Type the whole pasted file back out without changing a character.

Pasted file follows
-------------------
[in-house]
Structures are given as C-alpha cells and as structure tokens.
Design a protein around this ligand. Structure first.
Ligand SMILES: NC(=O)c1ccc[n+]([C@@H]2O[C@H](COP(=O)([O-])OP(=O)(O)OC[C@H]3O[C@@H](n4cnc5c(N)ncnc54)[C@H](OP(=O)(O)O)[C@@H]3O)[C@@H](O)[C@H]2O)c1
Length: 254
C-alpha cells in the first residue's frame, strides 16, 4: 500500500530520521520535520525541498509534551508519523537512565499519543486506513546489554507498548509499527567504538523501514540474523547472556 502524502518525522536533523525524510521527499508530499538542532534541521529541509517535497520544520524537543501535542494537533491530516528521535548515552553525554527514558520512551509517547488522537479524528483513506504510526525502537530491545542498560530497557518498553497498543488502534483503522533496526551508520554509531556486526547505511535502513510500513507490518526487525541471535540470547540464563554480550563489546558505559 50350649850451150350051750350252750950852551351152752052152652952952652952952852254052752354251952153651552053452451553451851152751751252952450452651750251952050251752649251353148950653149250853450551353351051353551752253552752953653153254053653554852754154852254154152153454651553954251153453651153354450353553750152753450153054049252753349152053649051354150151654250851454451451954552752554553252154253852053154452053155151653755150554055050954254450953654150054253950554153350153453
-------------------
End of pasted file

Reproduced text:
[in-house]
Structures are given as C-alpha cells and as structure tokens.
Design a protein around this ligand. Structure first.
Ligand SMILES: NC(=O)c1ccc[n+]([C@@H]2O[C@H](COP(=O)([O-])OP(=O)(O)OC[C@H]3O[C@@H](n4cnc5c(N)ncnc54)[C@H](OP(=O)(O)O)[C@@H]3O)[C@@H](O)[C@H]2O)c1
Length: 254
C-alpha cells in the first residue's frame, strides 16, 4: 500500500530520521520535520525541498509534551508519523537512565499519543486506513546489554507498548509499527567504538523501514540474523547472556 502524502518525522536533523525524510521527499508530499538542532534541521529541509517535497520544520524537543501535542494537533491530516528521535548515552553525554527514558520512551509517547488522537479524528483513506504510526525502537530491545542498560530497557518498553497498543488502534483503522533496526551508520554509531556486526547505511535502513510500513507490518526487525541471535540470547540464563554480550563489546558505559 50350649850451150350051750350252750950852551351152752052152652952952652952952852254052752354251952153651552053452451553451851152751751252952450452651750251952050251752649251353148950653149250853450551353351051353551752253552752953653153254053653554852754154852254154152153454651553954251153453651153354450353553750152753450153054049252753349152053649051354150151654250851454451451954552752554553252154253852053154452053155151653755150554055050954254450953654150054253950554153350153453